Savasana

 

By Edith Lazenby

We sweat and work our asana in yoga.

We move the limbs and breathe with awareness.

We engage the body to free the mind and lift the heart.

We feel a fullness.

Our body promises freedom.

Our breath leads us in movement.

Sava means corpse and asana means pose.

When we have finished our asana practice we rest on our back with eyes closed for 5 to 10 minutes.

This practice of coming into final relaxation is the true pinnacle pose in any yoga class. In savasana the body absorbs all that we have done. In savasana we get a taste of meditation. In savasana we let go completely, maybe the only time of the day that we do.

Resting in a supine position, palms up. legs mat width distance apart and breathing freely, we fall into the mat. We allow the mat, the floor, gravity and earth to support us. We feel held in this final relaxation. We let our thoughts go as best as possible.

We relax.

The mind may finally settle. By the time we get to final relaxation we are ready for the stillness. Hatha yoga includes asana, pranayama and meditation. In corpse pose we receive all those and remember vinyasa or flow yoga is a form of hatha yoga.

If a quiet mind baffles you try a Mantra or simply following the breath. We have permission to be nothing and do nothing at last.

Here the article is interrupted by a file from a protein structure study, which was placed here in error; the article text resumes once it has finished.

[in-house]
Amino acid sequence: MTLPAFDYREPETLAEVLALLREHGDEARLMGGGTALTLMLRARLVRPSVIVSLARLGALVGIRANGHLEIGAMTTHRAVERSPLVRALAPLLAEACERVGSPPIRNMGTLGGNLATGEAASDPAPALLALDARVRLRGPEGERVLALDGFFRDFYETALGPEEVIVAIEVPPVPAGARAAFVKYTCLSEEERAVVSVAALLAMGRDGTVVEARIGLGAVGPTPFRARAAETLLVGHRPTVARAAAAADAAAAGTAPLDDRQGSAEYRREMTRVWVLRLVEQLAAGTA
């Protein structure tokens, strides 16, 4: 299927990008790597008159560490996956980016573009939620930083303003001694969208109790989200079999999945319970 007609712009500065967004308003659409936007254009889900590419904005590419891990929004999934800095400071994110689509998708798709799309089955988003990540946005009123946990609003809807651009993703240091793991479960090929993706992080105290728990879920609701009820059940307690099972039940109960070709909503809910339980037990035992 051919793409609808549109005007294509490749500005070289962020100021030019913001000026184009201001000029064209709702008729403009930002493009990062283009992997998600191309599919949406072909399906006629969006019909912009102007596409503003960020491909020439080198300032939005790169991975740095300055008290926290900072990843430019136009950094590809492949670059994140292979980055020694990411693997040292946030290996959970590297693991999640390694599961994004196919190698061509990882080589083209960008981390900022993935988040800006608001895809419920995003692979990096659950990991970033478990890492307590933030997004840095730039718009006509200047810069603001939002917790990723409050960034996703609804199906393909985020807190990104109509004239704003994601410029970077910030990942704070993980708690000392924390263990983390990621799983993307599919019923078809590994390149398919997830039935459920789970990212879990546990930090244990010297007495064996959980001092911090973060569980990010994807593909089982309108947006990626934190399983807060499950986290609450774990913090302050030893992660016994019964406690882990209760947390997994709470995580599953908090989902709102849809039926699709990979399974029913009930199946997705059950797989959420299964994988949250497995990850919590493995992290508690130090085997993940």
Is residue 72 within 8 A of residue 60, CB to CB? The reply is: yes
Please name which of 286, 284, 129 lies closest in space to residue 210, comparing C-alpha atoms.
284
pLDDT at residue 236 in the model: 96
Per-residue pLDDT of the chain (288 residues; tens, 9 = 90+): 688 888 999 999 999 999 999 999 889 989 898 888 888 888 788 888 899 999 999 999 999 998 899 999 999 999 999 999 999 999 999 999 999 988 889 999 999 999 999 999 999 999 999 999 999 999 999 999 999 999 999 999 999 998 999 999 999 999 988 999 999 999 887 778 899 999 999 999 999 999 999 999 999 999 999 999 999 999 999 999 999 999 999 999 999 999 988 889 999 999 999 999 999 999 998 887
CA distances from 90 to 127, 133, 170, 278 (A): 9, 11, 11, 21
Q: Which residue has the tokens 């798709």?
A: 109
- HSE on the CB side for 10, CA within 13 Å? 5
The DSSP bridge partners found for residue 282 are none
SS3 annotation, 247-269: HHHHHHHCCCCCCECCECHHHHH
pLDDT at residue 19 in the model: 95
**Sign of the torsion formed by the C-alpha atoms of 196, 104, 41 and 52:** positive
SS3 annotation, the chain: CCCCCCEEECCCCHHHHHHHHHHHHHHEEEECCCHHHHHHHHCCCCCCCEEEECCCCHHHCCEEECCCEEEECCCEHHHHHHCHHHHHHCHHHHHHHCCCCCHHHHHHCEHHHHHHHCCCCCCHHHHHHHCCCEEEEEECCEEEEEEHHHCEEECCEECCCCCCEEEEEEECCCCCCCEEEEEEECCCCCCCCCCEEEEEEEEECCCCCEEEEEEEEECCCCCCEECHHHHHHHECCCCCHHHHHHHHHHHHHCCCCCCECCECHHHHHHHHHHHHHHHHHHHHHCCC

Corpse pose, represents the final exhalation that leads us to ultimate freedom, back to our creator or whatever your belief system allows. For it is in death we are free of the body and the spirit goes home. In corpse pose we are free in the body and closer to our spirit.

So breathe, relax and know your rest awaits.

 

edith lazenbyEdith “Edie” Lazenby lives in Baltimore and teaches yoga. Writing is her first love. She enjoys a cup of coffee and being around people. Life is a celebration. Writing helps her celebrate.

 

 

 

Photo: yogaholics/tumblr

Editor: Sherrin Fitzer

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The Tattooed Buddha was founded by Buddhist author Ty Phillips and Dana Gornall. What started out as a showcase for Ty's writing, quickly turned into collaboration with creative writer, Dana Gornall and the home for sharing the voices of friends and colleagues in the writing community. The Tattooed Buddha strives to be a noncompetitive, open space for the author’s authentic voice. So while not necessarily Buddhist, we are offering a dialogue that is aware and awake to the reality of our present day to day, tackling issues of community, environment, and compassionate living.

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